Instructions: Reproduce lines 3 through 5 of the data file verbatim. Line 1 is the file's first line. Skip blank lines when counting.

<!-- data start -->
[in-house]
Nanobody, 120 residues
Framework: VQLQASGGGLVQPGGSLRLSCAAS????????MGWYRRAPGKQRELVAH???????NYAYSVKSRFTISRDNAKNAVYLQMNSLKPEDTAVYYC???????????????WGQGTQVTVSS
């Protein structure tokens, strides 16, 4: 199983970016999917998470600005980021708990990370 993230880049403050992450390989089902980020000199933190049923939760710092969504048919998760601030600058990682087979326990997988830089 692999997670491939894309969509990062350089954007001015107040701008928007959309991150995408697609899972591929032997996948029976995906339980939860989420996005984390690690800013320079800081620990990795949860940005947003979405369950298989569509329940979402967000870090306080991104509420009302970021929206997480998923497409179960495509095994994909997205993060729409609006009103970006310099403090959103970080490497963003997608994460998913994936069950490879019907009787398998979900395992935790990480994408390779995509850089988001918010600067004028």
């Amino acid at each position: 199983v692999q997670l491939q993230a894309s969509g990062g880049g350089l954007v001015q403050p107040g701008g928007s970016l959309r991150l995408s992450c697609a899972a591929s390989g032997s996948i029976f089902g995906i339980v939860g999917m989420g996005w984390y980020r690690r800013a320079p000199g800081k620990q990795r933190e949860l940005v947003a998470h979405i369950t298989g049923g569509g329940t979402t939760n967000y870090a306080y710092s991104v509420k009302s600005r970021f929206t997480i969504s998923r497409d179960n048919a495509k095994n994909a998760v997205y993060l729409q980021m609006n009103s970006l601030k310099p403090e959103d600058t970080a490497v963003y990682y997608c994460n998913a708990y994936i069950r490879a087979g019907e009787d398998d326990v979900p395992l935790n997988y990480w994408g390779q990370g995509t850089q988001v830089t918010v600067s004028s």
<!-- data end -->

Framework: VQLQASGGGLVQPGGSLRLSCAAS????????MGWYRRAPGKQRELVAH???????NYAYSVKSRFTISRDNAKNAVYLQMNSLKPEDTAVYYC???????????????WGQGTQVTVSS
């Protein structure tokens, strides 16, 4: 199983970016999917998470600005980021708990990370 993230880049403050992450390989089902980020000199933190049923939760710092969504048919998760601030600058990682087979326990997988830089 692999997670491939894309969509990062350089954007001015107040701008928007959309991150995408697609899972591929032997996948029976995906339980939860989420996005984390690690800013320079800081620990990795949860940005947003979405369950298989569509329940979402967000870090306080991104509420009302970021929206997480998923497409179960495509095994994909997205993060729409609006009103970006310099403090959103970080490497963003997608994460998913994936069950490879019907009787398998979900395992935790990480994408390779995509850089988001918010600067004028």
């Amino acid at each position: 199983v692999q997670l491939q993230a894309s969509g990062g880049g350089l954007v001015q403050p107040g701008g928007s970016l959309r991150l995408s992450c697609a899972a591929s390989g032997s996948i029976f089902g995906i339980v939860g999917m989420g996005w984390y980020r690690r800013a320079p000199g800081k620990q990795r933190e949860l940005v947003a998470h979405i369950t298989g049923g569509g329940t979402t939760n967000y870090a306080y710092s991104v509420k009302s600005r970021f929206t997480i969504s998923r497409d179960n048919a495509k095994n994909a998760v997205y993060l729409q980021m609006n009103s970006l601030k310099p403090e959103d600058t970080a490497v963003y990682y997608c994460n998913a708990y994936i069950r490879a087979g019907e009787d398998d326990v979900p395992l935790n997988y990480w994408g390779q990370g995509t850089q988001v830089t918010v600067s004028s």